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C. S. Lewis and His CircleEssays and Memoirs from the Oxford C.S. Lewis Society$
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Roger White, Judith Wolfe, and Brendan Wolfe

Print publication date: 2015

Print ISBN-13: 9780190214340

Published to Oxford Scholarship Online: June 2015

DOI: 10.1093/acprof:oso/9780190214340.001.0001

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Charles Williams and the Problem of Evil

Charles Williams and the Problem of Evil

Chapter:
(p.65) 5 Charles Williams and the Problem of Evil
Source:
C. S. Lewis and His Circle
Author(s):

Paul Fiddes

Publisher:
Oxford University Press
DOI:10.1093/acprof:oso/9780190214340.003.0005

Charles Williams’s various genres of writing all show an unusual working out of the Augustinian concept of evil as privatio boni, a negation and absence of the good, and this chapter suggests that here he has both made an original contribution to Christian thought and stumbled into some theological problems. In several places, a comparison is made with the imaginative work of C. S. Lewis. The first section of the chapter traces Williams’s handling of the concept of evil through the stages of alteration of consciousness, divided consciousness, and transformation of consciousness. The second section identifies the danger of justifying the presence of evil in the world, worked out through Williams’s presentation of the force of necessity, the role of the ‘Accuser’, and the absolute decree of God. However, Williams constantly undermines any logical necessity of evil, and the ambiguous status of evil prompts us to deconstruct absolute binary oppositions with which we interpret the world, and to remake the image of God.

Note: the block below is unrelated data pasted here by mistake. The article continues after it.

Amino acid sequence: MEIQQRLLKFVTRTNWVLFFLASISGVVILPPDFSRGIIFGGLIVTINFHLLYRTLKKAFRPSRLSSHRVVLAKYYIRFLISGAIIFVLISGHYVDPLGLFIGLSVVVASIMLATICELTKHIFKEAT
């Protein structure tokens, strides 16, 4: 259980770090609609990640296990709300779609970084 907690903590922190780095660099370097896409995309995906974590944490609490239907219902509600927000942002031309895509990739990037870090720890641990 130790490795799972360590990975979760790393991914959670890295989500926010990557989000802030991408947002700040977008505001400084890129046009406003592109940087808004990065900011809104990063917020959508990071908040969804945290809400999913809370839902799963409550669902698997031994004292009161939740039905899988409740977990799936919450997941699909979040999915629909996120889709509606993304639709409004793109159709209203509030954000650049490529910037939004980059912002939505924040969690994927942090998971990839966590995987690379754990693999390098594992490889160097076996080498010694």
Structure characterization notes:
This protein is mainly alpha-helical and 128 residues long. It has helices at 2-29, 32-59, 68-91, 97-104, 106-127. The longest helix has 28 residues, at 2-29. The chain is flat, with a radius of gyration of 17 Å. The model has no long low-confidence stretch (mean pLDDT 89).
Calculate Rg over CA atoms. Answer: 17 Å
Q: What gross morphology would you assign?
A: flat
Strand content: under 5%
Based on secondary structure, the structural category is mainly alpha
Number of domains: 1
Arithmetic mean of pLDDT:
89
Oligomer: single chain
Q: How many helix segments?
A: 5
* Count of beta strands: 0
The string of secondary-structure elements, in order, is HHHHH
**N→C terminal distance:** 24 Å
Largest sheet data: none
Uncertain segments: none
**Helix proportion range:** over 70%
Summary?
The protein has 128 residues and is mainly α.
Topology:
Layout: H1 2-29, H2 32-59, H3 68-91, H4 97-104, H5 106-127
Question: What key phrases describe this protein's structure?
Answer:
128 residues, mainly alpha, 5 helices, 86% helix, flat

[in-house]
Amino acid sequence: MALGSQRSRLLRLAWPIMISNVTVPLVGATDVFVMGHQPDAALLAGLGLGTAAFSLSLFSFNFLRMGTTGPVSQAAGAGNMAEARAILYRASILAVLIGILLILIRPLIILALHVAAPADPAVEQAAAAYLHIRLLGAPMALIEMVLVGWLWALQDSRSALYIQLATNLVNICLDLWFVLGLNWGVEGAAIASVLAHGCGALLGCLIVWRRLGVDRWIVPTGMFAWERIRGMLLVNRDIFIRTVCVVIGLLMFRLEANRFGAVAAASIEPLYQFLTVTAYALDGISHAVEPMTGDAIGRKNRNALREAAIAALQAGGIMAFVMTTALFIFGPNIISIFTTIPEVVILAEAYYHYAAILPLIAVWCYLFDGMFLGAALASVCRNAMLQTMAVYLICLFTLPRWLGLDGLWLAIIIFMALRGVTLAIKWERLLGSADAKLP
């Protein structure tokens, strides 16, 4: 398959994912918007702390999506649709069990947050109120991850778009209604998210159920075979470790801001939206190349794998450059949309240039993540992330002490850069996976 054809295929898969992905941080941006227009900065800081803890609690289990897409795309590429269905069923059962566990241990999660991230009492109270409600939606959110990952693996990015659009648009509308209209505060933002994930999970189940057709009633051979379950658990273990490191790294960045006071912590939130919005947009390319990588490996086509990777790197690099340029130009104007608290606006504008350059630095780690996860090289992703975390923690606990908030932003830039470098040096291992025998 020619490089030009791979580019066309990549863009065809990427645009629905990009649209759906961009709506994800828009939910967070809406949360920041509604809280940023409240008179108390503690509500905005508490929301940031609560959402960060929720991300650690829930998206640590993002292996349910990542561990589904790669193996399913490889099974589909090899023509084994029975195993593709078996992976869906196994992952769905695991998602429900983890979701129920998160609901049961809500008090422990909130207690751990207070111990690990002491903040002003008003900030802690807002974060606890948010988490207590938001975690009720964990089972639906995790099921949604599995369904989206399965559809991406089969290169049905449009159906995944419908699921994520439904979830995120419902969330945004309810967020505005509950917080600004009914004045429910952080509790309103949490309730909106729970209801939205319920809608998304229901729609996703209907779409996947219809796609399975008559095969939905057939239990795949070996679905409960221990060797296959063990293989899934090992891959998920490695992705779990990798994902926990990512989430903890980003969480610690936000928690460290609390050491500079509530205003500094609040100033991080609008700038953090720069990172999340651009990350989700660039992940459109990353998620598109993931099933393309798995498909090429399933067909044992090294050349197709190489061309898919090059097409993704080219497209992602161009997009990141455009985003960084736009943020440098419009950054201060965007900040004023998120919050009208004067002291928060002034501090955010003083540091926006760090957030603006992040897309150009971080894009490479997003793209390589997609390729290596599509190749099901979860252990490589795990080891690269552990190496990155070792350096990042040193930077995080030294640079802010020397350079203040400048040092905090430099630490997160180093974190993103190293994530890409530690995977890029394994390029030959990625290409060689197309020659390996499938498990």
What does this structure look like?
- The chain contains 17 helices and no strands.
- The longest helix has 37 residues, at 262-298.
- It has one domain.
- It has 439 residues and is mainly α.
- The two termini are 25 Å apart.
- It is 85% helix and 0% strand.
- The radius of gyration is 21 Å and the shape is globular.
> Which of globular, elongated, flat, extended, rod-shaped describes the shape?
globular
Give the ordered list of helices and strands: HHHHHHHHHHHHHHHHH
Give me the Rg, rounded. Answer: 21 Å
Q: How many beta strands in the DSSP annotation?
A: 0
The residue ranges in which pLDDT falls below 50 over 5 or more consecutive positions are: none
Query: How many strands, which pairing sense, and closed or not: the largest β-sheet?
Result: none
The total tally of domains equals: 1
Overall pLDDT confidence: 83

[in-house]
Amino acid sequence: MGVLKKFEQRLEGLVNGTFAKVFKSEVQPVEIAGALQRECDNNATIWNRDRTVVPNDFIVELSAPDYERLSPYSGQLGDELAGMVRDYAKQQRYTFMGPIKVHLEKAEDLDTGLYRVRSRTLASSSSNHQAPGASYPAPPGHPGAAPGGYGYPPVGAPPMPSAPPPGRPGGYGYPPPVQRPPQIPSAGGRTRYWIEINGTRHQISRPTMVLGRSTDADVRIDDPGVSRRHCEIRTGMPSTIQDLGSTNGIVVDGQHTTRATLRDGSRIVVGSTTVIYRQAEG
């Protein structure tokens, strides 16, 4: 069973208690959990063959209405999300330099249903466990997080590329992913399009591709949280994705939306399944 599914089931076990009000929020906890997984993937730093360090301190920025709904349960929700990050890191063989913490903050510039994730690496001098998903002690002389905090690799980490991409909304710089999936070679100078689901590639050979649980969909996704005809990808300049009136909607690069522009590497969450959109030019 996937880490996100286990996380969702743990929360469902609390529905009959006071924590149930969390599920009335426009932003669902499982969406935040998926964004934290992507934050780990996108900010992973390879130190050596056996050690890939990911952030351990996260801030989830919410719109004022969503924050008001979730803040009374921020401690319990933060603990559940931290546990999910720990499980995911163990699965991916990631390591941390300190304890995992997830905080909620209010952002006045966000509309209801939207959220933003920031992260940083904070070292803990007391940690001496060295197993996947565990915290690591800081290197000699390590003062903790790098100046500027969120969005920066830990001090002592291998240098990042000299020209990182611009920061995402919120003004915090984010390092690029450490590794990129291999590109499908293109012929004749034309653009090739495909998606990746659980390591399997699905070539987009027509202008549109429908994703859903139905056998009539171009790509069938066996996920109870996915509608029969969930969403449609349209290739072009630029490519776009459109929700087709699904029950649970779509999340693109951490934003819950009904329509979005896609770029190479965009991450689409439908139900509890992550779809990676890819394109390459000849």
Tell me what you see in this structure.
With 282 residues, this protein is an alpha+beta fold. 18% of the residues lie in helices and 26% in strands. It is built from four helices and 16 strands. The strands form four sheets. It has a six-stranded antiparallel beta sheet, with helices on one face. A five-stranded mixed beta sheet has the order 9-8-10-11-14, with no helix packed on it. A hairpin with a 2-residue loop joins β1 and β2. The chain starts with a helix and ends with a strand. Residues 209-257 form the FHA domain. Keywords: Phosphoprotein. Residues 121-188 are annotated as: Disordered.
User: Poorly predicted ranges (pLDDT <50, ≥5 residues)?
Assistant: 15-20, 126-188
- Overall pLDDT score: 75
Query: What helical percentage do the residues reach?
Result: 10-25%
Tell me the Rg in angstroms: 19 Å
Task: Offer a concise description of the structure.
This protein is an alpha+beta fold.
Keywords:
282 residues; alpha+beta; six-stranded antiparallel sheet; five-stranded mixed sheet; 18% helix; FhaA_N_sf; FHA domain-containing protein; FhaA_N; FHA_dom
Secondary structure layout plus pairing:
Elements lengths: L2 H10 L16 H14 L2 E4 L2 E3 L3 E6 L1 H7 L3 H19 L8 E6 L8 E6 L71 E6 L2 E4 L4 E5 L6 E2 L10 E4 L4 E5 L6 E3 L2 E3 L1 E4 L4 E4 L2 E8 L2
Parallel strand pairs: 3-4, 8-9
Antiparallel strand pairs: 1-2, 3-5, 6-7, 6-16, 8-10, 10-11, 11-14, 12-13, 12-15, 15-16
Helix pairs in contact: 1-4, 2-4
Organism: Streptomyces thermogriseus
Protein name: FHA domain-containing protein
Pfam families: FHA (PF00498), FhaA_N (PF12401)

Keywords:   Charles Williams, C. S. Lewis, evil, privatio boni, image of God

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